- Labor’s senate leader Penny Wong has questioned assistant health minister Fiona Nash on the controversial removal of a health department website last week.
- Queensland’s auditor-general has referred several doctors to the Crime and Misconduct Commission to investigate if they have defrauded Queensland Health.
- In QLD, hundreds of residents from the Wide Bay area are being contacted by the state health department for dental treatment, some of whom have been waiting up to 12 years for treatment.
Health News on HPR.
Labor questions Assistant Health Minister Fiona Nash over staffer’s links to food industry following removal of website – by Lexi Metherell
Labor’s senate leader Penny Wong has questioned assistant health minister Fiona Nash on the controversial removal of a health department website last week. The website was to educate consumers on the new front-of-pack food information labels, but was taken down less than a day after it went live. When questioned by health experts about why the site was removed when its information was accurate, a spokesperson for the health department said that it was a draft site published by mistake. But Penny Wong questioned whether Minister Nash’s chief-of-staff being married to the head of a lobby group, which had previously targeted the food industry, had anything to do with the website’s removal. The minister replied “The Leader of the Opposition knows full well that Ms Tracey Cain is the wife of my chief-of-staff, which she could have indicated to the chamber rather than asked me the question. There is no connection whatsoever between my chief-of-staff and the company Australian Public Affairs. My chief-of-staff has no connection with the food industry, and is simply doing his job as my chief-of-staff.” Ms Cain, head of lobby group Australian Public Affairs, told media outlets that since the Coalition was elected, the group had not lobbied the health department or any health ministers and would not do so. The commencement of the food labelling scheme is pending a cost-benefit analysis by the federal government and final sign-off by state governments.
Queensland auditor-general refers some public hospital doctors to CMC over possible fraud – by Melinda Howells
Queensland’s auditor-general has referred several doctors to the Crime and Misconduct Commission to investigate if they have defrauded Queensland Health with offences like claiming excessive overtime and double-billing. The auditor-general investigated 88 of the state’s 2500 senior medical officers, and found that 7 of them had not worked their rostered hours for over 30 days, and doctors on leave were paid $0.5m in overtime. QLD health minister Lawrence Springborg says the reports show failures of the system. He said “The report highlights gaps in both rostering and attendance processes and treatment and billing practices, which have been open to exploitation. Inadequate oversight and administration, and we’ve had double dipping and we’ve had people that have taken advantage. I’m talking here today about a small number of doctors – the majority of people are doing the right thing. Matters are going to be referred to the Crime and Misconduct Commission in Queensland. Also there are a number of recommendations which have been made to improve scrutiny and oversight in the system, which will all be implemented and adopted by the Government.”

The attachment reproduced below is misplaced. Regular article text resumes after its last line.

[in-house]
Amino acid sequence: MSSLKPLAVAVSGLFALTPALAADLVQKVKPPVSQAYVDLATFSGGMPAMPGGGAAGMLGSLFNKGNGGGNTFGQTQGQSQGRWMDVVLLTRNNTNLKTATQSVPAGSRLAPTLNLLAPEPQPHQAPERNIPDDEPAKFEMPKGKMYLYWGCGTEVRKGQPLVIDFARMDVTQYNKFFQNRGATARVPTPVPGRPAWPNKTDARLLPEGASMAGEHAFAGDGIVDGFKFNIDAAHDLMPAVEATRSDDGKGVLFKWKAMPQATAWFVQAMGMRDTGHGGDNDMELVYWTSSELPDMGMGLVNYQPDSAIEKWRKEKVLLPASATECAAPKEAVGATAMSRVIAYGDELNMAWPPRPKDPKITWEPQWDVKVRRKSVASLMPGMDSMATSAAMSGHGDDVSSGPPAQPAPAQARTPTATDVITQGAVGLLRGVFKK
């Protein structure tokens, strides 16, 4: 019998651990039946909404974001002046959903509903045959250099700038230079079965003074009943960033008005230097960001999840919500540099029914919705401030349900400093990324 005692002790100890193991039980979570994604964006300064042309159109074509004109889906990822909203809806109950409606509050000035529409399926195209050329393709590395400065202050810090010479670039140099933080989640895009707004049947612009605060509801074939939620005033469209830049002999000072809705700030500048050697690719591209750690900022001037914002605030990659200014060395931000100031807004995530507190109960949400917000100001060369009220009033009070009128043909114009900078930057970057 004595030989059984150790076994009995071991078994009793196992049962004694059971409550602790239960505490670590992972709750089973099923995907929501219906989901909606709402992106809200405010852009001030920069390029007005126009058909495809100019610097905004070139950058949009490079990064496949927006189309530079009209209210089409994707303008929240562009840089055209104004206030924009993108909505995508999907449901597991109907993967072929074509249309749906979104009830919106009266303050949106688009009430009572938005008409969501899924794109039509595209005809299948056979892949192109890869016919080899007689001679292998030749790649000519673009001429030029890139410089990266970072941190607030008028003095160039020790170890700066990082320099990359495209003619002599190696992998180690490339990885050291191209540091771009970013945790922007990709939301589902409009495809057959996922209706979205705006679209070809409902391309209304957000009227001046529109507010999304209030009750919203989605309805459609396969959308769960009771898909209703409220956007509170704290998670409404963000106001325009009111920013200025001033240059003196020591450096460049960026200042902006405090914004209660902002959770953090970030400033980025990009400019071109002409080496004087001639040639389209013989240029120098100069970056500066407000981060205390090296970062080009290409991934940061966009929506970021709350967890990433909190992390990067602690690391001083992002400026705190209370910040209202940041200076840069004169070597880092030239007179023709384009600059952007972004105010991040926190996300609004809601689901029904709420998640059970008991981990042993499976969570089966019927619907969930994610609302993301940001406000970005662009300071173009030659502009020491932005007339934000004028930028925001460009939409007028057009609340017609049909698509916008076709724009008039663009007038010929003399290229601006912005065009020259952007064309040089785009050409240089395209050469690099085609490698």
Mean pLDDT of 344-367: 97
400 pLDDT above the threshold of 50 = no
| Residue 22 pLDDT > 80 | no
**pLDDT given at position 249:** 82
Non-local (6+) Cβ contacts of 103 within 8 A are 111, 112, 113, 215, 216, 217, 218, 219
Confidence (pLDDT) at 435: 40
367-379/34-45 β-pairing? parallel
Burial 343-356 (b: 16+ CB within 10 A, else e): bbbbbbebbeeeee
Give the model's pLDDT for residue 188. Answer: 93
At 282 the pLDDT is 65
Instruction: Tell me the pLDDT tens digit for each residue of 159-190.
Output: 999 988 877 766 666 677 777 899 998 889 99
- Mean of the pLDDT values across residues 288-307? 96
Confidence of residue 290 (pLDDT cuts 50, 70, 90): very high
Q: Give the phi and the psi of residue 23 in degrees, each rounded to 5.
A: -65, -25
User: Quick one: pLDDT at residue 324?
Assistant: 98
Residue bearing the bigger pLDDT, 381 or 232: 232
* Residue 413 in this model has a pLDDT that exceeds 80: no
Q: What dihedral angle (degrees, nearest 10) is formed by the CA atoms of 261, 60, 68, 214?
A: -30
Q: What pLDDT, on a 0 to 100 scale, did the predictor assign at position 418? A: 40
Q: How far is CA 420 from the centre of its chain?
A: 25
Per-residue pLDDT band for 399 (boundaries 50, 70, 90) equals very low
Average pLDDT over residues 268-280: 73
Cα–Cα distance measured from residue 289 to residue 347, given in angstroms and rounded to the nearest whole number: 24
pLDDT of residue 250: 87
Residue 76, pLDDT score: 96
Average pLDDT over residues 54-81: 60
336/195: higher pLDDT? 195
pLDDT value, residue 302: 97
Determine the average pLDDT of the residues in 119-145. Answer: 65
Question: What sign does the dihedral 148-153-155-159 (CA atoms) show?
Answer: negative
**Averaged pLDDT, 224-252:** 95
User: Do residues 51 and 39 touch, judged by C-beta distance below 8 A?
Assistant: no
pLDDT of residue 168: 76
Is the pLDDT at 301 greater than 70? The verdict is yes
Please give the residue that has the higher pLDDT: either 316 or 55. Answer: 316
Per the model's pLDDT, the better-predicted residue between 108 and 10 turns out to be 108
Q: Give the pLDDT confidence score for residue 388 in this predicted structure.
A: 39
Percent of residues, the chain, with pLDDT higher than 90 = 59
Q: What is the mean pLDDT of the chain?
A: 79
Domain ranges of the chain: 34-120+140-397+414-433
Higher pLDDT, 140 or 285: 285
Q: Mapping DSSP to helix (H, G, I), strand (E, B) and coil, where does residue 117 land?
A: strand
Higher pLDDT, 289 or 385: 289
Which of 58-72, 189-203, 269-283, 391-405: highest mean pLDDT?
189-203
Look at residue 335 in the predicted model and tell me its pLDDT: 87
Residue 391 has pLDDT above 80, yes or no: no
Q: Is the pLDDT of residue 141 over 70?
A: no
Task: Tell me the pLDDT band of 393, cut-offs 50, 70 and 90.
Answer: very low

But Alex Scott of the Together Union believes the report is a distraction from the state government’s current push to individual contracts for doctors.
He said “This Government is trying to use a smokescreen of this auditor-general’s report to completely misrepresent the true state of affairs in relation to the hours of work for doctors, the private practice arrangement for doctors.”
Long wait nearly over for dental patients – by Lucinda Kent
In QLD, hundreds of residents from the Wide Bay area are being contacted by the state health department for dental treatment, some of whom have been waiting up to 12 years for treatment.
Wide Bay Hospital CEO Adrian Pennington says extra funding is helping to clear a massive backlog of dental patients, and that the number of patients waiting over 2 years was halved last year, to 4,500 patients. He said “We started the year with a maximum wait of 12 years in Wide Bay and with the federal allocations and the changes we’ve been able to employ seven additional dental teams that started work at the beginning of this year. We’re down to considerably lower numbers now, less than sort of five years across the board. We’ve tried to contact every patient on our list to try and validate that they even still live in the Wide Bay area and certainly a large proportion of cases were removed because of that… (And we’ll make sure that) all of those (patients waiting for) over two years have a date before the end of June.”